The Upper Republican culture in southern Nebraska is one example where houses may have been burned intentionally on a regular basis. Like the Plains villagers who lived in the Texas Panhandle, these people were buffalo-hunting farmers who built earth lodges. This culture is contemporaneous with some of the Plains Village period in the Texas Panhandle, and some of their houses were similar to Hank''s house in layout, but they were usually a little larger. The frequency of burned lodges in some of the Upper Republican sites is so high that archeologist Donna Roper of Kansas State University suggests that these people were deliberately burning old and dilapidated houses.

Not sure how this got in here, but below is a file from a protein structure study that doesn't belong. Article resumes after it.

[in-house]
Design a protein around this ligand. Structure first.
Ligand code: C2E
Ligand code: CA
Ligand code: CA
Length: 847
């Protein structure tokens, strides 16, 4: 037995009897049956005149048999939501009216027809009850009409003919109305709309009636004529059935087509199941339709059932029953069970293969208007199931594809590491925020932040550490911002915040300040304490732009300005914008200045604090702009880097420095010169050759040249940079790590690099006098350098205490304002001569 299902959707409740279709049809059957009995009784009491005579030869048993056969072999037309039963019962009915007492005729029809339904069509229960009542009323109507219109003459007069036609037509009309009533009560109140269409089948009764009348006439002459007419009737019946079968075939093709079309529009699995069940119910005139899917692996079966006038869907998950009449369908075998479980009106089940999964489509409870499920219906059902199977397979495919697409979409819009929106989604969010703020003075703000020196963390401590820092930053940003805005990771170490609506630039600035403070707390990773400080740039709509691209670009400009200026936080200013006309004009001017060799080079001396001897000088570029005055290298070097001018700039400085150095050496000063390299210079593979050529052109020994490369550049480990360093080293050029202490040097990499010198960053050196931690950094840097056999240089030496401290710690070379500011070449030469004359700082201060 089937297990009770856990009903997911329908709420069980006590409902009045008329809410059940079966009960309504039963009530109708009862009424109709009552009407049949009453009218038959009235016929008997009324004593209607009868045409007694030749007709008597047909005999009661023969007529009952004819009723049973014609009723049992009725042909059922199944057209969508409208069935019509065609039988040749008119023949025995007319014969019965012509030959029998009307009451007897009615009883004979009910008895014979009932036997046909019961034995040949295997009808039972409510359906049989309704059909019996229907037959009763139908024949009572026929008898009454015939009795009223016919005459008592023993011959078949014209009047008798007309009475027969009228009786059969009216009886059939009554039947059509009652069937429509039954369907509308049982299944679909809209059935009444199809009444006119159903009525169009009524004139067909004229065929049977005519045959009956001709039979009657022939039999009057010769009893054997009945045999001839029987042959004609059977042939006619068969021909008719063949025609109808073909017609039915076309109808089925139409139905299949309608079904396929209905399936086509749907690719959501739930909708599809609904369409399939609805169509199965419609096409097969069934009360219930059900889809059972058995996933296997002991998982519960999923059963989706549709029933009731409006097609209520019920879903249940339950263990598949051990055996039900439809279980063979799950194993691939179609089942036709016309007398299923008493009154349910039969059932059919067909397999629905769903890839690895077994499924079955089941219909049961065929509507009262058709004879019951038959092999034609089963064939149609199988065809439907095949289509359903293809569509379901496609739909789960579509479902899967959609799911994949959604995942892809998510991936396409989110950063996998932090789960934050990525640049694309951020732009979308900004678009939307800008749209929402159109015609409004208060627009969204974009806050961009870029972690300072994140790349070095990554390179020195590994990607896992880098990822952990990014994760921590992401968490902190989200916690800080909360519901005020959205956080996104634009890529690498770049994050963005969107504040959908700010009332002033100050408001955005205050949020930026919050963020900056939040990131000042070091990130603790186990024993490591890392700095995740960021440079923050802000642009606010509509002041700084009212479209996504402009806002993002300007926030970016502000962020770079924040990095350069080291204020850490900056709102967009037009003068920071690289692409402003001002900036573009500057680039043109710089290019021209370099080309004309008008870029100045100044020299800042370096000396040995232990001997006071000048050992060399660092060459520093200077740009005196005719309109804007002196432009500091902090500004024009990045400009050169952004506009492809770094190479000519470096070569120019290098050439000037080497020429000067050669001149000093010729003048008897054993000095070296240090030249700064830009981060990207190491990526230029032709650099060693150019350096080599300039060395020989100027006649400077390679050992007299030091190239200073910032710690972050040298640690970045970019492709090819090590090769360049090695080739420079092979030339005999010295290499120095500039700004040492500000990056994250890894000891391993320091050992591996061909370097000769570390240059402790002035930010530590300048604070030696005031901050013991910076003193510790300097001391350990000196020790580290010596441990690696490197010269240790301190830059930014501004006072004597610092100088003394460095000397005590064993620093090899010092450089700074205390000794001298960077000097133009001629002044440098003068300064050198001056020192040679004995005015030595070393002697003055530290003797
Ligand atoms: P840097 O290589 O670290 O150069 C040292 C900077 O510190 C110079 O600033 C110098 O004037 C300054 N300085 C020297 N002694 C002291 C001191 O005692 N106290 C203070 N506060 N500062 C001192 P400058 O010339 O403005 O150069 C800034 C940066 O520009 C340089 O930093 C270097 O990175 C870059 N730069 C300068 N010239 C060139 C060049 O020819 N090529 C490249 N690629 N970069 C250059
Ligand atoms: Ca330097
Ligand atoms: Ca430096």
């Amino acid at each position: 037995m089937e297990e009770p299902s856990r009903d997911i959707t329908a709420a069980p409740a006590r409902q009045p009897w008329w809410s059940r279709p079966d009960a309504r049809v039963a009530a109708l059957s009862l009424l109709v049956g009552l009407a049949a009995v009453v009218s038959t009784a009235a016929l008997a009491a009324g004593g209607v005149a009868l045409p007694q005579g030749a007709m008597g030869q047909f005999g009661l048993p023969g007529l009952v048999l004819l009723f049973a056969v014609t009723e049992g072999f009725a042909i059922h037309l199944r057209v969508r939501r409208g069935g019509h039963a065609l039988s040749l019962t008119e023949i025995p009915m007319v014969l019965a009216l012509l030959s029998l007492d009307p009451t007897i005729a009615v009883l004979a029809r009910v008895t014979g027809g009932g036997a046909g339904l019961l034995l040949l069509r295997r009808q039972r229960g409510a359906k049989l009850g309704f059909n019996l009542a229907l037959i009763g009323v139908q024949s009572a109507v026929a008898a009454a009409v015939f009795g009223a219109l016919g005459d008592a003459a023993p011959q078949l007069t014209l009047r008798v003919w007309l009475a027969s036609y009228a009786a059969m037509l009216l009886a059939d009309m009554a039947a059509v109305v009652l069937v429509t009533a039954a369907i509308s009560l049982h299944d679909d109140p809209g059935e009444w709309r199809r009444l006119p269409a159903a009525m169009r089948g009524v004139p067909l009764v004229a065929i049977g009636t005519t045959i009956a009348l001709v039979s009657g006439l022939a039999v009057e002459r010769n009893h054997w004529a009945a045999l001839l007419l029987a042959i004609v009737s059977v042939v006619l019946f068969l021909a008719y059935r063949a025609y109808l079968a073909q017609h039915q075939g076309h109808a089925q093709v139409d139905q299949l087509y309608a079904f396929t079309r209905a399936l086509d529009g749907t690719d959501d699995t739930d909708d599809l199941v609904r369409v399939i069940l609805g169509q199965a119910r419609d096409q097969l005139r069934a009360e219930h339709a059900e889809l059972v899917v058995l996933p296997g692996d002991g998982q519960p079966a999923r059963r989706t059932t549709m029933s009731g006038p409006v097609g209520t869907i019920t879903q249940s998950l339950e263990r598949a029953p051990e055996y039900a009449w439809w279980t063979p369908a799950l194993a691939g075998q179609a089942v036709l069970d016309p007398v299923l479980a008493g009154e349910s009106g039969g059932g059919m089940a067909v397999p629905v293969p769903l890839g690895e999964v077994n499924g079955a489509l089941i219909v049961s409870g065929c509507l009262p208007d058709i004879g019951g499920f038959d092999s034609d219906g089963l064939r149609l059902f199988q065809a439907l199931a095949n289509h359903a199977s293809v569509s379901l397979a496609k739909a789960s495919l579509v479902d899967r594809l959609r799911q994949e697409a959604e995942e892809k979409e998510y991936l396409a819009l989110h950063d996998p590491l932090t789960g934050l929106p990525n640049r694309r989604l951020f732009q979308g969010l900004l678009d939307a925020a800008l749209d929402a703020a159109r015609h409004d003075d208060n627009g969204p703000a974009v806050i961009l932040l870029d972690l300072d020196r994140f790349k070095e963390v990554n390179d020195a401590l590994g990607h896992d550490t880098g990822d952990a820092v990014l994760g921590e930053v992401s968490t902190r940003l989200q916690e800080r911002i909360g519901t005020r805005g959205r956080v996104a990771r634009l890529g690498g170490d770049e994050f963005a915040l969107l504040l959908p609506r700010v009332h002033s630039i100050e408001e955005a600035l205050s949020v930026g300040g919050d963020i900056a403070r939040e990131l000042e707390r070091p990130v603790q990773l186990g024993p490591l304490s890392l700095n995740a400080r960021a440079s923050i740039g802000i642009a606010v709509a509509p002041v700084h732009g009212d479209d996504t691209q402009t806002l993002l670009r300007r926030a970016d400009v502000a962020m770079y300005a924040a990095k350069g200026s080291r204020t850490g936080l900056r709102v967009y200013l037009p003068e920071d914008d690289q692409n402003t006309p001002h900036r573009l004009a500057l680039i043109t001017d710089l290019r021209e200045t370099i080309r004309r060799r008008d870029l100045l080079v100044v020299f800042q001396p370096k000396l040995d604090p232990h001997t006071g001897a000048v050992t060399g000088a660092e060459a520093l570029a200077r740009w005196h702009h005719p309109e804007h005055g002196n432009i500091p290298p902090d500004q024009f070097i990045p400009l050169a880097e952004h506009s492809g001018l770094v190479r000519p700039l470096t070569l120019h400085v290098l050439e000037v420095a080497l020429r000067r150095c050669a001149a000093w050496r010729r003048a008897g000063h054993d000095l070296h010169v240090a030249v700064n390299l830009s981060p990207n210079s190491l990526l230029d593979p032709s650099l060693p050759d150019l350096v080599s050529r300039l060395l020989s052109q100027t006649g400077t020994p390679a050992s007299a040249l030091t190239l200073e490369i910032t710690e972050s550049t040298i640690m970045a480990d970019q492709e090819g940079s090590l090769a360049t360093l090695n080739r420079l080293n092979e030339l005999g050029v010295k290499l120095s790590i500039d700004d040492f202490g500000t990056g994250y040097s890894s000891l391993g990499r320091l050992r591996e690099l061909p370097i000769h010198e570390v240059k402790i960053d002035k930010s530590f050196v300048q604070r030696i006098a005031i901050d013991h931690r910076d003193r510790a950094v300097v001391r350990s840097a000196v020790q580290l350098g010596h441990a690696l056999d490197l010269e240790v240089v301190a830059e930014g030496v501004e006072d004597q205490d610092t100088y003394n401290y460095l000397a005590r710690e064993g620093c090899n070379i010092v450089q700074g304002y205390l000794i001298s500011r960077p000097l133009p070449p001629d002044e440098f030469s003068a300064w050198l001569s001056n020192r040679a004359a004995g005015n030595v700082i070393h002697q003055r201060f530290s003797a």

It seems likely that Hank''s house is another case of burning an abandoned house, and the burning may have been intentional. Several lines of evidence come into play for interpreting this. First, if the house burned accidentally, then many of the peoples'' belongings might have been left inside and burned with the house. There were few artifacts found directly on the house floor, and most were unusable flakes or potsherds that were trampled into the floor. The small cache of tools found along the south wall represents relatively unimportant, or at least easily replaceable, items.